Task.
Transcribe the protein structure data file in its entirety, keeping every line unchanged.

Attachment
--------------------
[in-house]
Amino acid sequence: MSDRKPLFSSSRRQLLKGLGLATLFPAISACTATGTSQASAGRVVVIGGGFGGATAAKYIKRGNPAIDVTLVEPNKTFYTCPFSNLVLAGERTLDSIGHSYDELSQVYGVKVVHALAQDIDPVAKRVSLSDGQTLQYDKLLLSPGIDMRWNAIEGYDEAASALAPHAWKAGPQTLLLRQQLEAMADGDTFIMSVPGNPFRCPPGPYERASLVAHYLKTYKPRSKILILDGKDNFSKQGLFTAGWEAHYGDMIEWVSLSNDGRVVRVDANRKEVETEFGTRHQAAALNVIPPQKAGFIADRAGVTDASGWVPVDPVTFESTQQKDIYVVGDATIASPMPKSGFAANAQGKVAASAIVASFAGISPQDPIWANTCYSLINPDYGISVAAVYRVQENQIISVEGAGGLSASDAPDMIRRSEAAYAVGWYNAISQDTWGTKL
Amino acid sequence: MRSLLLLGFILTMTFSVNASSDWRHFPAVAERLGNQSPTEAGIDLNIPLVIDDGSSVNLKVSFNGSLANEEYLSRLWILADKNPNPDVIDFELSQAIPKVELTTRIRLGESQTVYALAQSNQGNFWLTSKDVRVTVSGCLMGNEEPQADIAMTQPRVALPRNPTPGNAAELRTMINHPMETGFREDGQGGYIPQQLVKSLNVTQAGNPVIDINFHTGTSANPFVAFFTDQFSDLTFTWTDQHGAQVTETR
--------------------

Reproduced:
[in-house]
Amino acid sequence: MSDRKPLFSSSRRQLLKGLGLATLFPAISACTATGTSQASAGRVVVIGGGFGGATAAKYIKRGNPAIDVTLVEPNKTFYTCPFSNLVLAGERTLDSIGHSYDELSQVYGVKVVHALAQDIDPVAKRVSLSDGQTLQYDKLLLSPGIDMRWNAIEGYDEAASALAPHAWKAGPQTLLLRQQLEAMADGDTFIMSVPGNPFRCPPGPYERASLVAHYLKTYKPRSKILILDGKDNFSKQGLFTAGWEAHYGDMIEWVSLSNDGRVVRVDANRKEVETEFGTRHQAAALNVIPPQKAGFIADRAGVTDASGWVPVDPVTFESTQQKDIYVVGDATIASPMPKSGFAANAQGKVAASAIVASFAGISPQDPIWANTCYSLINPDYGISVAAVYRVQENQIISVEGAGGLSASDAPDMIRRSEAAYAVGWYNAISQDTWGTKL
Amino acid sequence: MRSLLLLGFILTMTFSVNASSDWRHFPAVAERLGNQSPTEAGIDLNIPLVIDDGSSVNLKVSFNGSLANEEYLSRLWILADKNPNPDVIDFELSQAIPKVELTTRIRLGESQTVYALAQSNQGNFWLTSKDVRVTVSGCLMGNEEPQADIAMTQPRVALPRNPTPGNAAELRTMINHPMETGFREDGQGGYIPQQLVKSLNVTQAGNPVIDINFHTGTSANPFVAFFTDQFSDLTFTWTDQHGAQVTETR